Year of publication
- 2012 (4) (remove)
- Specific expression of channelrhodopsin-2 in single neurons of Caenorhabditis elegans (2012)
- Optogenetic approaches using light-activated proteins like Channelrhodopsin-2 (ChR2) enable investigating the function of populations of neurons in live Caenorhabditis elegans (and other) animals, as ChR2 expression can be targeted to these cells using specific promoters. Sub-populations of these neurons, or even single cells, can be further addressed by restricting the illumination to the cell of interest. However, this is technically demanding, particularly in free moving animals. Thus, it would be helpful if expression of ChR2 could be restricted to single neurons or neuron pairs, as even wide-field illumination would photostimulate only this particular cell. To this end we adopted the use of Cre or FLP recombinases and conditional ChR2 expression at the intersection of two promoter expression domains, i.e. in the cell of interest only. Success of this method depends on precise knowledge of the individual promoters' expression patterns and on relative expression levels of recombinase and ChR2. A bicistronic expression cassette with GFP helps to identify the correct expression pattern. Here we show specific expression in the AVA reverse command neurons and the aversive polymodal sensory ASH neurons. This approach shall enable to generate strains for optogenetic manipulation of each of the 302 C. elegans neurons. This may eventually allow to model the C. elegans nervous system in its entirety, based on functional data for each neuron.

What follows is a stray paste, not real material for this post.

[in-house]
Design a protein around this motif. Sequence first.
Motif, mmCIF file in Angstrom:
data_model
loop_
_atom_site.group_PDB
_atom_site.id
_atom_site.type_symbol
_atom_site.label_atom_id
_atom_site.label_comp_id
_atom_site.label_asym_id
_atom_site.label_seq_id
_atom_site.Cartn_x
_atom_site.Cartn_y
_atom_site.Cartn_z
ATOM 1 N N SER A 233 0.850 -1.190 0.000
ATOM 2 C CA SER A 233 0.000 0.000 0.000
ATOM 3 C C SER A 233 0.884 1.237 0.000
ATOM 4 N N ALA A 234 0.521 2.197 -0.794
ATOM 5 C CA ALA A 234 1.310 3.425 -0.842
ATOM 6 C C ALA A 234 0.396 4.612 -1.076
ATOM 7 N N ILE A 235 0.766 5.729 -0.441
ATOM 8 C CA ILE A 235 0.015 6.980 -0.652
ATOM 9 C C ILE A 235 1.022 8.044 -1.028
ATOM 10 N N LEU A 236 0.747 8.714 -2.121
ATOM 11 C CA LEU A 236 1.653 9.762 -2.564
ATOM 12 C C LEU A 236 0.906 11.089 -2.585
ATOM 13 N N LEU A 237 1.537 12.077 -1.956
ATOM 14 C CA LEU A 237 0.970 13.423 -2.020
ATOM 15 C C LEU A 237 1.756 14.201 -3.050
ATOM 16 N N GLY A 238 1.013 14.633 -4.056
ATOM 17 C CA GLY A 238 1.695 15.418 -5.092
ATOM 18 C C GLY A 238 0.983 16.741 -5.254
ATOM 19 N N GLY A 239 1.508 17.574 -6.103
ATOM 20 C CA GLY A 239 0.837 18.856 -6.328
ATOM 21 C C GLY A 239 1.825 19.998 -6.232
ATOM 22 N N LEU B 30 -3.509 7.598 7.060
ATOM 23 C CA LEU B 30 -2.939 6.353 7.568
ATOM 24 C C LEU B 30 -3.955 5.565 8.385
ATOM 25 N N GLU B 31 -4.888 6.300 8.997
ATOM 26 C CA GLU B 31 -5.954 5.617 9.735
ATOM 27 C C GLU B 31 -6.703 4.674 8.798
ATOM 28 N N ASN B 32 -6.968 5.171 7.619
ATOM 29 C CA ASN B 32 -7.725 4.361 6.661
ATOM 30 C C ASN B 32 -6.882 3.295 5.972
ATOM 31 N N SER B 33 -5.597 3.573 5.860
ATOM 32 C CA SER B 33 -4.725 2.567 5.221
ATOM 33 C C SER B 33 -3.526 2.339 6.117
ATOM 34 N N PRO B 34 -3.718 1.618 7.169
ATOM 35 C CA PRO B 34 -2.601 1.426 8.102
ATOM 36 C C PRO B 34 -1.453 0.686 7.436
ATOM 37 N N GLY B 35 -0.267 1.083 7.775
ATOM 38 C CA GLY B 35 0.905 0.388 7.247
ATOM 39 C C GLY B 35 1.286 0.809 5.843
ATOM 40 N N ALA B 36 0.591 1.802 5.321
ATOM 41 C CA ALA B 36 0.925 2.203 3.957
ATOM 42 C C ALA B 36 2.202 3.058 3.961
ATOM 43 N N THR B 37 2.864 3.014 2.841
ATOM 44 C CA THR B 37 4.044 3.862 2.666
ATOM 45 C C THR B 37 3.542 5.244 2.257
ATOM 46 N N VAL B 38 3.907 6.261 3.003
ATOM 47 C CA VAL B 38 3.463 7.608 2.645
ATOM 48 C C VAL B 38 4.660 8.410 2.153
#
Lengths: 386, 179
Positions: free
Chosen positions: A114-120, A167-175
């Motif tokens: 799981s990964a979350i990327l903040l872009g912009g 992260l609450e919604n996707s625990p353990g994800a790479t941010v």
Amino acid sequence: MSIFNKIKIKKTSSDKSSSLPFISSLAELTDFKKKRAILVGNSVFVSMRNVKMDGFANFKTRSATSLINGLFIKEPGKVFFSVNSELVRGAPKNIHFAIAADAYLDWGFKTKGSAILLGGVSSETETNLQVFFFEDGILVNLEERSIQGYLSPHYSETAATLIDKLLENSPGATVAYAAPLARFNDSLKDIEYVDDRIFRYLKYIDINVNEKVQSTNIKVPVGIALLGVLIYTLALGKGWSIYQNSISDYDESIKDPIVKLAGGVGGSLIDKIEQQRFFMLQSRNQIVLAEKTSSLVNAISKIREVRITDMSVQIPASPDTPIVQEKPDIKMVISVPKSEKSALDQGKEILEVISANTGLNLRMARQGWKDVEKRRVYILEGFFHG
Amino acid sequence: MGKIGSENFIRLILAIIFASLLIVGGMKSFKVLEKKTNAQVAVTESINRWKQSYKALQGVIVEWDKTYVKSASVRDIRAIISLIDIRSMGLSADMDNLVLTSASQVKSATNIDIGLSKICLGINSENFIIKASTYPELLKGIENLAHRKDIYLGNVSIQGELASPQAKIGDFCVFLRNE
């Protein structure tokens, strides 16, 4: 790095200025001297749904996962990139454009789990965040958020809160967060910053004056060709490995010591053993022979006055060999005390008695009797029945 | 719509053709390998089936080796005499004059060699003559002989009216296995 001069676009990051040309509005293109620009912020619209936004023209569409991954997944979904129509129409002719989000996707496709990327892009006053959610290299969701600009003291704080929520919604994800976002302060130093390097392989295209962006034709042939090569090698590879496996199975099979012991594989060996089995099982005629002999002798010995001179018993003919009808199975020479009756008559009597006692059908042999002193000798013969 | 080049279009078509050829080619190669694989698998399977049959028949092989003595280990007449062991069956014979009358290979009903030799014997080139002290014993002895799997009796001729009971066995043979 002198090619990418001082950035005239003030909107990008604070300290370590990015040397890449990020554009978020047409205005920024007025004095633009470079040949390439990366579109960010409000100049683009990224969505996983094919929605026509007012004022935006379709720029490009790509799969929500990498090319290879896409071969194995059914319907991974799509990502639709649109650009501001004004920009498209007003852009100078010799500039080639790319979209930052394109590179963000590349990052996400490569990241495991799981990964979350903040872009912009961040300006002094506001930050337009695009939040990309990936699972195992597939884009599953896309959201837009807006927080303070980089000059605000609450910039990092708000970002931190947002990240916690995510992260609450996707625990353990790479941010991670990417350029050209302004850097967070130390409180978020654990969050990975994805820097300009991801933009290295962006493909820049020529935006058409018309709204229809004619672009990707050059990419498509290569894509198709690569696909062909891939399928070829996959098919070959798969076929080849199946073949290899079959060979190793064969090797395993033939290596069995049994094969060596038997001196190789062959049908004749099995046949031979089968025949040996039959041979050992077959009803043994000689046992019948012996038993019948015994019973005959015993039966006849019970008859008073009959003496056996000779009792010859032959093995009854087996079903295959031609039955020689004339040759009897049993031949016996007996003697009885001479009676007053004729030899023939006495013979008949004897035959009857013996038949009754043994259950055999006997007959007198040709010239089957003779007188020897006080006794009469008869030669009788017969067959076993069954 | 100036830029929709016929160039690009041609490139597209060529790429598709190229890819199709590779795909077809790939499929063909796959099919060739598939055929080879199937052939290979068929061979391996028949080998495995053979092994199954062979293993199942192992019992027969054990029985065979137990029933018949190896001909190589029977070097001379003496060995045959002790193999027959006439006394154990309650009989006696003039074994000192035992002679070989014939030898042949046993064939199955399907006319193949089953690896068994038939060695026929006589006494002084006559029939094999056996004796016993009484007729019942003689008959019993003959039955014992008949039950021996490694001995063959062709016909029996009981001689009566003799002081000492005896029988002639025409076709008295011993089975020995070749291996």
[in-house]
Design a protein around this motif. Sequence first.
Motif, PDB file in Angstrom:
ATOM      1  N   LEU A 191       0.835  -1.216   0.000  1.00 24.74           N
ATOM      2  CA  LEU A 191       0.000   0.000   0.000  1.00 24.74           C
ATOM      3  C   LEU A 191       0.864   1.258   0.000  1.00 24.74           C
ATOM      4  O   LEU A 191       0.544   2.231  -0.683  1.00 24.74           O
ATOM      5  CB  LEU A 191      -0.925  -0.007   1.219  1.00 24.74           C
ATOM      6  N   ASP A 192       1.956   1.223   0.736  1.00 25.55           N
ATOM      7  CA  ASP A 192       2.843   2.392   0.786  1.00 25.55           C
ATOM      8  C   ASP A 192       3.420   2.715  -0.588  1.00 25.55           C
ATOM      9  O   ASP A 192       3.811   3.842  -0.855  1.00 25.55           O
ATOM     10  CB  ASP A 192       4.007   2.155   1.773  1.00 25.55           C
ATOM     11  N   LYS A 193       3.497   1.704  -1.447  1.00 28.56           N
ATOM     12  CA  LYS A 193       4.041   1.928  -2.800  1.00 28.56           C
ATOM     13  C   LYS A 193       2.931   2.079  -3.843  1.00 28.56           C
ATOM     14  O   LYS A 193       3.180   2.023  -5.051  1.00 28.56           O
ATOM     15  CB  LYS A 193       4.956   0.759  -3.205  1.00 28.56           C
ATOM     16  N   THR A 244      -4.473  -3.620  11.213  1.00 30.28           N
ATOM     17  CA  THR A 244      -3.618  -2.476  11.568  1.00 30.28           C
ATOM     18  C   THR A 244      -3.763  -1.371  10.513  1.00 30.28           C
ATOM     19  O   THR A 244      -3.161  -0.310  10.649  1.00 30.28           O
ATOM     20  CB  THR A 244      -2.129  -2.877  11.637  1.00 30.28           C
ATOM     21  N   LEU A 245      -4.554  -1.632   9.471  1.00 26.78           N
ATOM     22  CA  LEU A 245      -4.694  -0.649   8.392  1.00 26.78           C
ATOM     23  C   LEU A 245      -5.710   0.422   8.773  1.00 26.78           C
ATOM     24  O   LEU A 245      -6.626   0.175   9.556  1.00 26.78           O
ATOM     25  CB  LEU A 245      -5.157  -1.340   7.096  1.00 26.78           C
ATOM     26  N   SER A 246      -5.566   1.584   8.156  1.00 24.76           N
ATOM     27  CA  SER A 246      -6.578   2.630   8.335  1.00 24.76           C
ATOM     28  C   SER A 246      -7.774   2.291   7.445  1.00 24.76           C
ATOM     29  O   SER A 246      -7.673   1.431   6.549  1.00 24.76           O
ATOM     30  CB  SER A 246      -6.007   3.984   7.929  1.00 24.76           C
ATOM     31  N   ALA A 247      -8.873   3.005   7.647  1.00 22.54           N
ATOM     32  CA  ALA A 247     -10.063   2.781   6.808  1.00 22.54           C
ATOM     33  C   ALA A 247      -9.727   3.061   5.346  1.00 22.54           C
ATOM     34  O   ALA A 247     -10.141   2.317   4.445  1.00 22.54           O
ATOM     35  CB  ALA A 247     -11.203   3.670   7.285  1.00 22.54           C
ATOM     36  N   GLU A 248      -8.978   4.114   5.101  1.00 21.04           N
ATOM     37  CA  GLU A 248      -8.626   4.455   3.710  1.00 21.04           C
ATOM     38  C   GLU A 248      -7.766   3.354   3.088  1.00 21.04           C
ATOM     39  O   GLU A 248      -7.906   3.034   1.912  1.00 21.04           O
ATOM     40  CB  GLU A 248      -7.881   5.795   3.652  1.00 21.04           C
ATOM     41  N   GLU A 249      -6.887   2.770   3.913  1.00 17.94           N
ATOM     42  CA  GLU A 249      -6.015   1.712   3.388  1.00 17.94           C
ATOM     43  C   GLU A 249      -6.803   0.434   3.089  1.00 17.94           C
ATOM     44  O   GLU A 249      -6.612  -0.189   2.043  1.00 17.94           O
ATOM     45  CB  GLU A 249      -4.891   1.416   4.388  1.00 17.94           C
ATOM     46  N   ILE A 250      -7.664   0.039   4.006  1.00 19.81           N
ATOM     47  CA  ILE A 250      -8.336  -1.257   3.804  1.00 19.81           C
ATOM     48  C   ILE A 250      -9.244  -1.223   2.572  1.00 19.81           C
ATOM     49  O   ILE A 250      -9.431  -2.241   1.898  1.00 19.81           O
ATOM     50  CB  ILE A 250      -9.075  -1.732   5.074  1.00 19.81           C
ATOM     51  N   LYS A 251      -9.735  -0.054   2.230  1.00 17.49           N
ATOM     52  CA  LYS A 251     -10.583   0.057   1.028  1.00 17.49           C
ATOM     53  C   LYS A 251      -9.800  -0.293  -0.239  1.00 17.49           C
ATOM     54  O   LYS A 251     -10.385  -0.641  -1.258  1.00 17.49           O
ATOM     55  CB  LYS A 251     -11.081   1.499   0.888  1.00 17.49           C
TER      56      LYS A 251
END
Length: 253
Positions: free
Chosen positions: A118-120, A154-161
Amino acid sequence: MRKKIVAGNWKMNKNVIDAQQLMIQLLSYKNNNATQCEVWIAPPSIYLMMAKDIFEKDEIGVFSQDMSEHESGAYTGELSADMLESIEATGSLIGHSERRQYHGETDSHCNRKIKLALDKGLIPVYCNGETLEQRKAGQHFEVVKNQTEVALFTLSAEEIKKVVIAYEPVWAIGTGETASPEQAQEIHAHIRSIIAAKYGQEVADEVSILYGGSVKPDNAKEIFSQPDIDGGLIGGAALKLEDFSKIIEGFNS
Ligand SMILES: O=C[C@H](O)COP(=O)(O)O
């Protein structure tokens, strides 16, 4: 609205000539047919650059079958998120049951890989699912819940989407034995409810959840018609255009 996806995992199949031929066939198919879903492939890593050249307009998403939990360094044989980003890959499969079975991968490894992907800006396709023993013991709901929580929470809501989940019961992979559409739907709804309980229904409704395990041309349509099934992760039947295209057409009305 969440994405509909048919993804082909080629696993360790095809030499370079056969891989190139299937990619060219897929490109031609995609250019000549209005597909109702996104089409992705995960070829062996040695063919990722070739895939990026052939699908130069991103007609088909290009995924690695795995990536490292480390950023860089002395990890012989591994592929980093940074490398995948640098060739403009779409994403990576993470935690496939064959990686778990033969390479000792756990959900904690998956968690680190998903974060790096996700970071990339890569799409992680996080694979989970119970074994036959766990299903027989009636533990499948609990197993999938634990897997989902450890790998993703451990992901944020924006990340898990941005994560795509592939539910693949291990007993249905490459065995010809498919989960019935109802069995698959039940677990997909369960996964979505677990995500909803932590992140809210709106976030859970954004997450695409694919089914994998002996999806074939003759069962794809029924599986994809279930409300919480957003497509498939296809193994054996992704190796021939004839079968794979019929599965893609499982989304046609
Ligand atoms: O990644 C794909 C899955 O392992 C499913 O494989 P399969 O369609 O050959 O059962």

- Keeping track of worm trackers (2012)
- C. elegans is used extensively as a model system in the neurosciences due to its well defined nervous system. However, the seeming simplicity of this nervous system in anatomical structure and neuronal connectivity, at least compared to higher animals, underlies a rich diversity of behaviors. The usefulness of the worm in genome-wide mutagenesis or RNAi screens, where thousands of strains are assessed for phenotype, emphasizes the need for computational methods for automated parameterization of generated behaviors. In addition, behaviors can be modulated upon external cues like temperature, O2 and CO2 concentrations, mechanosensory and chemosensory inputs. Different machine vision tools have been developed to aid researchers in their efforts to inventory and characterize defined behavioral “outputs”. Here we aim at providing an overview of different worm-tracking packages or video analysis tools designed to quantify different aspects of locomotion such as the occurrence of directional changes (turns, omega bends), curvature of the sinusoidal shape (amplitude, body bend angles) and velocity (speed, backward or forward movement).
- Bimodal activation of different neuron classes with the spectrally red-shifted channelrhodopsin chimera C1V1 in Caenorhabditis elegans (2012)